The next morning I think he figured out a way to scoop his tongue back into his throat and pull the pills out. What’s worse, every time he did that, he ruined three expensive antibiotic capsules. I think I need a horse pill gun. This would have been easier if they’d just given me a needle and syringe.
Halfway through day five he got up and walked out the door and into the yard by himself. We had seen him get up on his own once before when he was motivated. This day’s motivator was pooping time, and he was determined not to do that in the house. He pooped (hooray!), then walked a bit more so he could plop himself down in the grass. He loves to be outside, but this was a problem because the news was filled with warnings of an impending blizzard complete with a foot of snow. Just as he plopped his stubborn self into the yard, the snow started to fall. Swell.
It was darn cold here—below freezing—and he refused to even sit up. I covered his naked butt with a blanket so at least he wouldn’t get frostbite. We tried treats. We tried bringing Annie out. We tried the “Let’s go for a ride!” trick. We tried it all. I made him a sled. No way he was riding on that. The only thing that motivated him to come in was all of us leaving him. I wasn’t too keen on that, but it got him up. I’d be watching from the door, and as soon as he’d sit up I’d run out… and he’d plop back down. Stubborn little…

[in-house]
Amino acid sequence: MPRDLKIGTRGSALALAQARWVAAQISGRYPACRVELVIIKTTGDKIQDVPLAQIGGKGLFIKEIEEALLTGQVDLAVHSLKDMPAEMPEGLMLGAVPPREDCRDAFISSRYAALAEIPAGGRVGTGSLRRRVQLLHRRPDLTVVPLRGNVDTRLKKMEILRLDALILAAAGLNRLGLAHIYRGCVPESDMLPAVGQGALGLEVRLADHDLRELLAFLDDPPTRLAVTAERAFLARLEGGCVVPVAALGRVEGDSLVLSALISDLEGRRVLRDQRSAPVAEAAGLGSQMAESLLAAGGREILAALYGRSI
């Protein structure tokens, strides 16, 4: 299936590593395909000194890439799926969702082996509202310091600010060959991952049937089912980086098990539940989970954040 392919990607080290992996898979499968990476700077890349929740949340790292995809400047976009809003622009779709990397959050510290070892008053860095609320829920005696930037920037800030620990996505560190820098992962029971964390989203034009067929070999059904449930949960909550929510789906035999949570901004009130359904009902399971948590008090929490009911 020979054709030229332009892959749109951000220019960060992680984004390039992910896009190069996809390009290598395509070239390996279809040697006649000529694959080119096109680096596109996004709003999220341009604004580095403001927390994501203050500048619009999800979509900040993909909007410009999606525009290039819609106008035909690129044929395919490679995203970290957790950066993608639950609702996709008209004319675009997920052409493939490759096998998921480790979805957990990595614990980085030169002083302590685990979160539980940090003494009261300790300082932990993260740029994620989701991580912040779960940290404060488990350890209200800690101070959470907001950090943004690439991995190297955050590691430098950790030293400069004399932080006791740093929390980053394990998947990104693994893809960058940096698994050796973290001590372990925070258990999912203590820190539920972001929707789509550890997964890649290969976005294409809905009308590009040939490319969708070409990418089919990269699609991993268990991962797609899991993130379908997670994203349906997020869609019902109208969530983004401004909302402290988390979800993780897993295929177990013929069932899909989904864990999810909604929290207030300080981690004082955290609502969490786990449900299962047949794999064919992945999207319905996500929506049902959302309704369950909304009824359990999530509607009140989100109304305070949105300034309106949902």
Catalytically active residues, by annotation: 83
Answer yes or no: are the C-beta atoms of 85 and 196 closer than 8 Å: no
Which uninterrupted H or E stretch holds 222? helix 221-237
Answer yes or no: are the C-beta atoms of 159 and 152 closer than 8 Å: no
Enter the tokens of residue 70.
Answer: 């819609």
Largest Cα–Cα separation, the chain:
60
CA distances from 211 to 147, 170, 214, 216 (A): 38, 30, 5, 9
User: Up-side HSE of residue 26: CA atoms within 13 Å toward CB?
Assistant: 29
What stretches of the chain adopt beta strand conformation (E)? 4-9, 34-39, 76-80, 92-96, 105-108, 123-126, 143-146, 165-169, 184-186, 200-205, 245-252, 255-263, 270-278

He walked all the way inside with only one break. I’m not in the best shape of my life, and I consider it a victory that I didn’t vomit on him while bent over lifting his stubborn ass into the house.
To put the icing on the cake, after he got situated inside, the little stinker decided that he’d rather be in his bed, so he just got up, walked over, and sat in his comfy bed.
I’m starting to wonder if the bottle of narcotics was meant for Lauren and me.